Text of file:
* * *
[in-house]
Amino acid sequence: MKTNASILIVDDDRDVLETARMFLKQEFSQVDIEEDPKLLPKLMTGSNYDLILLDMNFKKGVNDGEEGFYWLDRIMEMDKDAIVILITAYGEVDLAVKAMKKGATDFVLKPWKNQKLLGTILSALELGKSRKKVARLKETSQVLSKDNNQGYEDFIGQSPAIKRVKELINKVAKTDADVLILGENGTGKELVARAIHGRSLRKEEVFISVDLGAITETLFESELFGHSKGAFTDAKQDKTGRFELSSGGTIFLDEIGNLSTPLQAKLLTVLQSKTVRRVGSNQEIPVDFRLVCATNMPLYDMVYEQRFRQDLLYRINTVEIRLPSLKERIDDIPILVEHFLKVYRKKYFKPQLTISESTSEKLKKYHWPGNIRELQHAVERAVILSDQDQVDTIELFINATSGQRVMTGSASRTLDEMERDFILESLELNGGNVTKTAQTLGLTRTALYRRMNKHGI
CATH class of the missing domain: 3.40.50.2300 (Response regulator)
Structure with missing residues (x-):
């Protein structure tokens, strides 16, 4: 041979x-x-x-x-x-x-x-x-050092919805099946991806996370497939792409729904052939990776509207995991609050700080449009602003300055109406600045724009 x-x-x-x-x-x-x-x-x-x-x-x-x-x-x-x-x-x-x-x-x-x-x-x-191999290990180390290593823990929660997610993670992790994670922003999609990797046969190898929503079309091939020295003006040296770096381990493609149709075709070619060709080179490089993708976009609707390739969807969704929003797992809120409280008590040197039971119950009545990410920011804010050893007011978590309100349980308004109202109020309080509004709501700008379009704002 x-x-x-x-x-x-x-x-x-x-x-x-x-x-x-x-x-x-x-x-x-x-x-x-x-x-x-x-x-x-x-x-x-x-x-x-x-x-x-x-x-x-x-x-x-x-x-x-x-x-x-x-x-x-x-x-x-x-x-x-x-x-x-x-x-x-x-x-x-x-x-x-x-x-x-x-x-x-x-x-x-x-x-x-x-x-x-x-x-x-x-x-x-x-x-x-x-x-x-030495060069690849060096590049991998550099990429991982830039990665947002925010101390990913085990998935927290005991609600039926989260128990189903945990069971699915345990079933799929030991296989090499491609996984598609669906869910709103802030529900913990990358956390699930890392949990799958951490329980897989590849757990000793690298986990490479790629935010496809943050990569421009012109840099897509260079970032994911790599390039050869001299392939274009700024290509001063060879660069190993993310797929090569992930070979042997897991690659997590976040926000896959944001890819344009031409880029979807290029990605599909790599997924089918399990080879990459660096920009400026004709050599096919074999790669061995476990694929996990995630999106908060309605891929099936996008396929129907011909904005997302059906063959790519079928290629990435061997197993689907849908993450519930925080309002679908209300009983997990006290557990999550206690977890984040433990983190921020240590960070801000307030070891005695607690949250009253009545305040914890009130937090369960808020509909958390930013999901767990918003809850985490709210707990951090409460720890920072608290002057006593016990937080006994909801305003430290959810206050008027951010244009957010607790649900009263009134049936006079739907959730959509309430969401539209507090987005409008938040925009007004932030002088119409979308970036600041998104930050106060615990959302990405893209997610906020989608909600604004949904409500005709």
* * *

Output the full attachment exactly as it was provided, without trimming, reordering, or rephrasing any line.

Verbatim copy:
[in-house]
Amino acid sequence: MKTNASILIVDDDRDVLETARMFLKQEFSQVDIEEDPKLLPKLMTGSNYDLILLDMNFKKGVNDGEEGFYWLDRIMEMDKDAIVILITAYGEVDLAVKAMKKGATDFVLKPWKNQKLLGTILSALELGKSRKKVARLKETSQVLSKDNNQGYEDFIGQSPAIKRVKELINKVAKTDADVLILGENGTGKELVARAIHGRSLRKEEVFISVDLGAITETLFESELFGHSKGAFTDAKQDKTGRFELSSGGTIFLDEIGNLSTPLQAKLLTVLQSKTVRRVGSNQEIPVDFRLVCATNMPLYDMVYEQRFRQDLLYRINTVEIRLPSLKERIDDIPILVEHFLKVYRKKYFKPQLTISESTSEKLKKYHWPGNIRELQHAVERAVILSDQDQVDTIELFINATSGQRVMTGSASRTLDEMERDFILESLELNGGNVTKTAQTLGLTRTALYRRMNKHGI
CATH class of the missing domain: 3.40.50.2300 (Response regulator)
Structure with missing residues (x-):
């Protein structure tokens, strides 16, 4: 041979x-x-x-x-x-x-x-x-050092919805099946991806996370497939792409729904052939990776509207995991609050700080449009602003300055109406600045724009 x-x-x-x-x-x-x-x-x-x-x-x-x-x-x-x-x-x-x-x-x-x-x-x-191999290990180390290593823990929660997610993670992790994670922003999609990797046969190898929503079309091939020295003006040296770096381990493609149709075709070619060709080179490089993708976009609707390739969807969704929003797992809120409280008590040197039971119950009545990410920011804010050893007011978590309100349980308004109202109020309080509004709501700008379009704002 x-x-x-x-x-x-x-x-x-x-x-x-x-x-x-x-x-x-x-x-x-x-x-x-x-x-x-x-x-x-x-x-x-x-x-x-x-x-x-x-x-x-x-x-x-x-x-x-x-x-x-x-x-x-x-x-x-x-x-x-x-x-x-x-x-x-x-x-x-x-x-x-x-x-x-x-x-x-x-x-x-x-x-x-x-x-x-x-x-x-x-x-x-x-x-x-x-x-x-030495060069690849060096590049991998550099990429991982830039990665947002925010101390990913085990998935927290005991609600039926989260128990189903945990069971699915345990079933799929030991296989090499491609996984598609669906869910709103802030529900913990990358956390699930890392949990799958951490329980897989590849757990000793690298986990490479790629935010496809943050990569421009012109840099897509260079970032994911790599390039050869001299392939274009700024290509001063060879660069190993993310797929090569992930070979042997897991690659997590976040926000896959944001890819344009031409880029979807290029990605599909790599997924089918399990080879990459660096920009400026004709050599096919074999790669061995476990694929996990995630999106908060309605891929099936996008396929129907011909904005997302059906063959790519079928290629990435061997197993689907849908993450519930925080309002679908209300009983997990006290557990999550206690977890984040433990983190921020240590960070801000307030070891005695607690949250009253009545305040914890009130937090369960808020509909958390930013999901767990918003809850985490709210707990951090409460720890920072608290002057006593016990937080006994909801305003430290959810206050008027951010244009957010607790649900009263009134049936006079739907959730959509309430969401539209507090987005409008938040925009007004932030002088119409979308970036600041998104930050106060615990959302990405893209997610906020989608909600604004949904409500005709």